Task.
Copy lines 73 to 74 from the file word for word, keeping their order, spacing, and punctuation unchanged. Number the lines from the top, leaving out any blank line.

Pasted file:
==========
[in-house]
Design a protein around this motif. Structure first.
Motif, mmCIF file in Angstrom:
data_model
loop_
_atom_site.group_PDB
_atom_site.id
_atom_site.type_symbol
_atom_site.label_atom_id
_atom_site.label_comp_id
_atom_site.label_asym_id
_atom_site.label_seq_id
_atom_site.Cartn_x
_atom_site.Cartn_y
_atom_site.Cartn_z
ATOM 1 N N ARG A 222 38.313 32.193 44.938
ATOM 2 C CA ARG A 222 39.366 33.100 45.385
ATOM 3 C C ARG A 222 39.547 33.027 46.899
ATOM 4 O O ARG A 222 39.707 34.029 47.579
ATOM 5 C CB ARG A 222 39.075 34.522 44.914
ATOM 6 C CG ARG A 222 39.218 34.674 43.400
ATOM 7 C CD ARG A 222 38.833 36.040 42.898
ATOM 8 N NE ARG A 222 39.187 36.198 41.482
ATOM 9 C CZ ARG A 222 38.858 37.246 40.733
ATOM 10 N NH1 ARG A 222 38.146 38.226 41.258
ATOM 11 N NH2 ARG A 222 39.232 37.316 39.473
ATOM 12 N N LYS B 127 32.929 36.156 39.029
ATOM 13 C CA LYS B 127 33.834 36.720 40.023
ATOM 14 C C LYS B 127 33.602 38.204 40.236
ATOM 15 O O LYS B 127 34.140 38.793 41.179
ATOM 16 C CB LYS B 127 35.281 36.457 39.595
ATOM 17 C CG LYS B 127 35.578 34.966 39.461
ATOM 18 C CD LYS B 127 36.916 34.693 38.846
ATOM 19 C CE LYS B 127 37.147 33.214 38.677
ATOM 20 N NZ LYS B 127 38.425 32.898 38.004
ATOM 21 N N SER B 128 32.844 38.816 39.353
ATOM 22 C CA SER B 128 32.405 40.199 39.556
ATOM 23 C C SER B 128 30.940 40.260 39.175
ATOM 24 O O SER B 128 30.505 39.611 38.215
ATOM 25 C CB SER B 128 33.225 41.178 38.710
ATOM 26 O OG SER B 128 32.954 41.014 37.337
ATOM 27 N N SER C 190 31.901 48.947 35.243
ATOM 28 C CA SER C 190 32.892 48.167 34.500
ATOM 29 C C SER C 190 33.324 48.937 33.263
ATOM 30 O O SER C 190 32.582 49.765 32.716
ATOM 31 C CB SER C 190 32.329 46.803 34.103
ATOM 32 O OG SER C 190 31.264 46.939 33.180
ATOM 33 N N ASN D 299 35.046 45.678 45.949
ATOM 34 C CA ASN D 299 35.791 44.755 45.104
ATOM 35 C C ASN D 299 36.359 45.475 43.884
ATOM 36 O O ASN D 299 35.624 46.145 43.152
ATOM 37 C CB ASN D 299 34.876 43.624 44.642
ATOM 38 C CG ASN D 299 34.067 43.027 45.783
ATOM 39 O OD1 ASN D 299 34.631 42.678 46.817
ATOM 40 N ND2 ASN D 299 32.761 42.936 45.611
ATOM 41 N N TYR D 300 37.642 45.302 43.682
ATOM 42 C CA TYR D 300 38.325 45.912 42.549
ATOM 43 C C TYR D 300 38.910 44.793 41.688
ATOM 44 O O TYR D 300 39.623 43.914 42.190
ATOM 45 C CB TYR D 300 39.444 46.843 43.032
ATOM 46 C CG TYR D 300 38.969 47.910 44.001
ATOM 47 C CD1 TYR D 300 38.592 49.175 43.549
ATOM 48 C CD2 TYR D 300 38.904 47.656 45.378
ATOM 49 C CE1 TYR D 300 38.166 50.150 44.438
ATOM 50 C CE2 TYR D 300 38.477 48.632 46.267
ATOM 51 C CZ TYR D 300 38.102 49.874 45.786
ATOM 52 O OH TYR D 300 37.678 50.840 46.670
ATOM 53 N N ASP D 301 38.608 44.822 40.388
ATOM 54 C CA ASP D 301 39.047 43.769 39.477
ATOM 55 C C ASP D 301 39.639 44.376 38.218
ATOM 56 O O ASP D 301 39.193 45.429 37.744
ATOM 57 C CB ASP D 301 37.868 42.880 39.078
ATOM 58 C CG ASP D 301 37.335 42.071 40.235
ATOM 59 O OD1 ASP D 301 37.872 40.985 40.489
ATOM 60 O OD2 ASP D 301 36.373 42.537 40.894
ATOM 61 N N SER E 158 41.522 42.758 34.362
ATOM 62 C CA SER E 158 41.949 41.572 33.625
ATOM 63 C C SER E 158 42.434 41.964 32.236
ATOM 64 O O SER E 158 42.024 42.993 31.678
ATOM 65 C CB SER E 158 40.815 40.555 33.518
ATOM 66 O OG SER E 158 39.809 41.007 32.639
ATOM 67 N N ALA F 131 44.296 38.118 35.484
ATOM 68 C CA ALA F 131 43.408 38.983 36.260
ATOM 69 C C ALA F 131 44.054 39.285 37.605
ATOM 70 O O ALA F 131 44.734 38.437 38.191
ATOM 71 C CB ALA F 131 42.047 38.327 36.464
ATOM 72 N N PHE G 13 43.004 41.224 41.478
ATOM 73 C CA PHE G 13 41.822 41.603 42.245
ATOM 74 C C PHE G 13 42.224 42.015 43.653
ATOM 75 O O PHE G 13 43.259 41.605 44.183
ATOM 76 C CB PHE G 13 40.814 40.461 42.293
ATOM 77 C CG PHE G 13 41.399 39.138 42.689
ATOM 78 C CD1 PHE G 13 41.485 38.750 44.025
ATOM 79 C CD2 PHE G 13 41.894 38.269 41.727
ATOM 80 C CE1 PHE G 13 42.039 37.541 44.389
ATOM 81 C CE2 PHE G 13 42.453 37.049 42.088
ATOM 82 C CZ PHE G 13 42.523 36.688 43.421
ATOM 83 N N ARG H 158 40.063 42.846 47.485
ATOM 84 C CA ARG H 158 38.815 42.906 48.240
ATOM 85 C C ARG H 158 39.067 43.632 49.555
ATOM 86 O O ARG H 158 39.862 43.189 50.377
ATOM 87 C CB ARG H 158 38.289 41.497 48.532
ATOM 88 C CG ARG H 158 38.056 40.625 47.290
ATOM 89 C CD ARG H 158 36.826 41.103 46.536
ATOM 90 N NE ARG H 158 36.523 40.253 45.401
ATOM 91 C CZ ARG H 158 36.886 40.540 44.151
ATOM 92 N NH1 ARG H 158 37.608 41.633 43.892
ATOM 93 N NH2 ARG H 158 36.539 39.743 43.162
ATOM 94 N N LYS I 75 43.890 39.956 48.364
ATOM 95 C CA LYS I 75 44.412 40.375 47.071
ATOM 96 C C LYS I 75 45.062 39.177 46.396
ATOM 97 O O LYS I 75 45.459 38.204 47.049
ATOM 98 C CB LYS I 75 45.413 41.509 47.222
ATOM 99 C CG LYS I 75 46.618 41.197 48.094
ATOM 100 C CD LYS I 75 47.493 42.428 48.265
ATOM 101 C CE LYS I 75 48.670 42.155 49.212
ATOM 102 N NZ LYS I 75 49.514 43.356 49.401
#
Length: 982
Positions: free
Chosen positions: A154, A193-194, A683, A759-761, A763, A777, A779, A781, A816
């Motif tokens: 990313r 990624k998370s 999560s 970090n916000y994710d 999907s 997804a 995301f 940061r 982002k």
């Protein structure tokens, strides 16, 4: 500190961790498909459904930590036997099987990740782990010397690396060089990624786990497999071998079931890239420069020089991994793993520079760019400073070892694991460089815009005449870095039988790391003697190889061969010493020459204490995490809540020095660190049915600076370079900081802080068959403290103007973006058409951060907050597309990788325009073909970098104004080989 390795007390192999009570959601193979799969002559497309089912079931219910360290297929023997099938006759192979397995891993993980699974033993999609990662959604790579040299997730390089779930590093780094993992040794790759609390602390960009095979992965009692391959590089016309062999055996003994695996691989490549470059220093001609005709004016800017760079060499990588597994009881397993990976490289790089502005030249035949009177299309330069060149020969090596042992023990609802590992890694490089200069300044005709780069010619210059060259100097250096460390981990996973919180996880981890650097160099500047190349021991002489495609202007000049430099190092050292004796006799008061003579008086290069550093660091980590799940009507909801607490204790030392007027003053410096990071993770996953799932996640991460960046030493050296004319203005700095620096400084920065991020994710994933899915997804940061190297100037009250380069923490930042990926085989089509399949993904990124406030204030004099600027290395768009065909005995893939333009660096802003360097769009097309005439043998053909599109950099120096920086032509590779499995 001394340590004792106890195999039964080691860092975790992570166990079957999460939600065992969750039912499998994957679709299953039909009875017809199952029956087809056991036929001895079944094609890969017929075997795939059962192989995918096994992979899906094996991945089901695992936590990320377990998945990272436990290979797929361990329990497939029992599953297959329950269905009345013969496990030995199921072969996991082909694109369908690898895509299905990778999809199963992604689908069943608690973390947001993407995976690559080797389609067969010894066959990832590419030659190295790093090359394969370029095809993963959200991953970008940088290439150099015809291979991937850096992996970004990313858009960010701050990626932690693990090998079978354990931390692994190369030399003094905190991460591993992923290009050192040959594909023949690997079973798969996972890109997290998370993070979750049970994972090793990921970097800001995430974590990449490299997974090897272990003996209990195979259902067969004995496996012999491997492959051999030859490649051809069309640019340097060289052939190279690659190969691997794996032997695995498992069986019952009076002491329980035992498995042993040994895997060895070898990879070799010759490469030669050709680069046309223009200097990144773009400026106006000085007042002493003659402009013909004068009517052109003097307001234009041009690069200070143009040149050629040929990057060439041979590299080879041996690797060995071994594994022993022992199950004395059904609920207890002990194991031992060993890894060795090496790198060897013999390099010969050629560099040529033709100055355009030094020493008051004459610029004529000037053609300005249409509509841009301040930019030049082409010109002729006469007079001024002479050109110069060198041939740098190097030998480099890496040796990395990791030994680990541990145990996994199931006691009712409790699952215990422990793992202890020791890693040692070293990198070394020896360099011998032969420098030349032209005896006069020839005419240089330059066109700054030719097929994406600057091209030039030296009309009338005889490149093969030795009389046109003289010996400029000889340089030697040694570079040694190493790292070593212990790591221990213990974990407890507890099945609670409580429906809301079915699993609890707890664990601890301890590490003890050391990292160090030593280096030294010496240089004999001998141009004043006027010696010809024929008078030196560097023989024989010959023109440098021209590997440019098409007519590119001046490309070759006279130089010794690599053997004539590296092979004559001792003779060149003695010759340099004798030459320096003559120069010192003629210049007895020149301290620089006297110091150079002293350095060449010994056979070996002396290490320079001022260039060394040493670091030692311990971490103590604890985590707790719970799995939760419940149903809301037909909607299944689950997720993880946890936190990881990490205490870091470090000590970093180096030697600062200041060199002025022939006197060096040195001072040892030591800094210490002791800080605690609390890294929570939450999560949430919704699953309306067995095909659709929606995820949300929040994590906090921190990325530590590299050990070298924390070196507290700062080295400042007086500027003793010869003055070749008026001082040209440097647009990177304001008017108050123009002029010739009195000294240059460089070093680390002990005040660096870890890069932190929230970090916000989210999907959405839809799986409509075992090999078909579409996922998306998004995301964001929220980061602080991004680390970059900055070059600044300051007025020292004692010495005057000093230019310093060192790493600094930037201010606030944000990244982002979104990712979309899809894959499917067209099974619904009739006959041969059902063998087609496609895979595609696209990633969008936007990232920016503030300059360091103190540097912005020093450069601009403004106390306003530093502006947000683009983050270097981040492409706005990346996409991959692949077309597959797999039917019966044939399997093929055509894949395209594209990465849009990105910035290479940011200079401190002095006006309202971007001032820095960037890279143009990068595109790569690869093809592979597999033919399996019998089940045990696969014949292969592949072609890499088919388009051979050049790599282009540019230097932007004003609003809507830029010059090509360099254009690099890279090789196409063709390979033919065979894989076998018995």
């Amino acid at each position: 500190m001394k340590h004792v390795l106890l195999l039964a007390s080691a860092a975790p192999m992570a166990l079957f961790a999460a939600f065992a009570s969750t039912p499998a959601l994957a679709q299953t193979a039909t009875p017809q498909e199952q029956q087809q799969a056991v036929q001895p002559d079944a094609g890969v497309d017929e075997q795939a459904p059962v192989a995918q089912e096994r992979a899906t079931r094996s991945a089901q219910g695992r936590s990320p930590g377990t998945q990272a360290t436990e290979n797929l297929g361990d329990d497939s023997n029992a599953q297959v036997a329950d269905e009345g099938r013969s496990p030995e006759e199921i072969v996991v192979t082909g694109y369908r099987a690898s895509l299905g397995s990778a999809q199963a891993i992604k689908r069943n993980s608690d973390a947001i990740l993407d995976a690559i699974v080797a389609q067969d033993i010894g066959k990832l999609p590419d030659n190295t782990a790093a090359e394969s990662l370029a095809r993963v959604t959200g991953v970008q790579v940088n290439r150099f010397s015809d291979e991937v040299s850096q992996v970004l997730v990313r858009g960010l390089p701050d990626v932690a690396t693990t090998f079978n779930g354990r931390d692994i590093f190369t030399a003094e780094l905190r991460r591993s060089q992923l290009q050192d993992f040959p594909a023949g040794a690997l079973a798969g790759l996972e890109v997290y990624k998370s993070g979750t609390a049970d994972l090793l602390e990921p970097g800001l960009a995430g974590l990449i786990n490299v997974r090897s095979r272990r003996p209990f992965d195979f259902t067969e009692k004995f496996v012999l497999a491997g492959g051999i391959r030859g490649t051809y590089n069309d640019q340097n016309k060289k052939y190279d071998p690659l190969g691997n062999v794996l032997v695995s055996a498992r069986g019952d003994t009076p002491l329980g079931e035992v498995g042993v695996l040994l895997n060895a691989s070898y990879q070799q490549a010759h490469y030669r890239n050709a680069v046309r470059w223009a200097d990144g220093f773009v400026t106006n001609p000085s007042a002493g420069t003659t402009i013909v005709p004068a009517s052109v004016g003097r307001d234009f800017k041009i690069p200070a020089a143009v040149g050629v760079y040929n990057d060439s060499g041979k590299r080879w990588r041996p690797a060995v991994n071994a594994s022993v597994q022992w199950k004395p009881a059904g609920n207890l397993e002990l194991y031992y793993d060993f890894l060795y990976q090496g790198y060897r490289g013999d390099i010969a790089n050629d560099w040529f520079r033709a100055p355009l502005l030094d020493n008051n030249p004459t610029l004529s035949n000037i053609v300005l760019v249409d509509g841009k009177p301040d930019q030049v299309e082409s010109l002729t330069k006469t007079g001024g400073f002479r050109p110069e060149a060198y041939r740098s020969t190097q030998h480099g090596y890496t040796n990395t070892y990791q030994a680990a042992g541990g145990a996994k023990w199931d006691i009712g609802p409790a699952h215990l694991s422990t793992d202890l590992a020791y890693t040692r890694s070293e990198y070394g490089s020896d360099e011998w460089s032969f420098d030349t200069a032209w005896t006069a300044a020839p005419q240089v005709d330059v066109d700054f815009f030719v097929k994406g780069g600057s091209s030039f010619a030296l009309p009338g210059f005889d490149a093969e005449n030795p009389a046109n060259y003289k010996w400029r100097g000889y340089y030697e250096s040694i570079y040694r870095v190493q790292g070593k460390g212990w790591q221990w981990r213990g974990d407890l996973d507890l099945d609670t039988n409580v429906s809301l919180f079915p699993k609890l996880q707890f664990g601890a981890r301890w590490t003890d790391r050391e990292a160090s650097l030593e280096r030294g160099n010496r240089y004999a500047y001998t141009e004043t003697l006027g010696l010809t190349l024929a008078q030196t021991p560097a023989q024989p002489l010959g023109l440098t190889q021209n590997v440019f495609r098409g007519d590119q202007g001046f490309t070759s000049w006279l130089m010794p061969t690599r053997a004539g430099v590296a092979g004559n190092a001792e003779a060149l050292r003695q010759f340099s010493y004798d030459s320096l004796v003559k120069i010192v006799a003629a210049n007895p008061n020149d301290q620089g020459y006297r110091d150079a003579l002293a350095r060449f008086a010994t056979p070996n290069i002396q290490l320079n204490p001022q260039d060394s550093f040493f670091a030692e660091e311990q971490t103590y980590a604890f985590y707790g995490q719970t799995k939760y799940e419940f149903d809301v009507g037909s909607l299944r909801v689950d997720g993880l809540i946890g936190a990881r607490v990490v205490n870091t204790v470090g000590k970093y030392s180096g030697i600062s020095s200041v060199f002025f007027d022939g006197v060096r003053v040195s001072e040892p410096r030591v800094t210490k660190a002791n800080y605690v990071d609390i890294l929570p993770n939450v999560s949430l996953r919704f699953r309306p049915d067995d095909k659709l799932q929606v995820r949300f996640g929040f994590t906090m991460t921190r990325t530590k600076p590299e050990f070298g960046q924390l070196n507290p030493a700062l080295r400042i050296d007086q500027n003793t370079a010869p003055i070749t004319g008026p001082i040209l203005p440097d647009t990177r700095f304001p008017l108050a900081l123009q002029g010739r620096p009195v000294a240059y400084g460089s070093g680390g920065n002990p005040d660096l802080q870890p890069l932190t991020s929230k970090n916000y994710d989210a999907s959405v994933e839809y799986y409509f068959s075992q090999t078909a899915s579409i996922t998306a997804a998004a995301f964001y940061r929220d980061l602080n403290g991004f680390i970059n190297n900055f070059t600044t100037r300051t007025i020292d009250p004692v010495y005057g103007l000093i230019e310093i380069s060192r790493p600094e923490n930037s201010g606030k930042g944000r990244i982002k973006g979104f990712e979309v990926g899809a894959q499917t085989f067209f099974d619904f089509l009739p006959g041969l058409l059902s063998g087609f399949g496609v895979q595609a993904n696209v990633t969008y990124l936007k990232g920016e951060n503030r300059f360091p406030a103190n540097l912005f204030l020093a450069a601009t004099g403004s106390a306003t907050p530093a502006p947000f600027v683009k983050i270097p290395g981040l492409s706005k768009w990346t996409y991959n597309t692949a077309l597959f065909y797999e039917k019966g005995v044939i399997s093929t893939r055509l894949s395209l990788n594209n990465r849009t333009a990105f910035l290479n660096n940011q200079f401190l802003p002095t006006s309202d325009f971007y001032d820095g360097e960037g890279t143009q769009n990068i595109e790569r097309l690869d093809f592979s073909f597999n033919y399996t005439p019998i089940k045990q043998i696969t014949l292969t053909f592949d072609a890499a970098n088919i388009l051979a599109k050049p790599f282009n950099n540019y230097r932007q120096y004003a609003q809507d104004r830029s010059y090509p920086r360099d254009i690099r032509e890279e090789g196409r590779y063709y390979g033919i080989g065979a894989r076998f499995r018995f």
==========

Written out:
ATOM 58 C CG ASP D 301 37.335 42.071 40.235
ATOM 59 O OD1 ASP D 301 37.872 40.985 40.489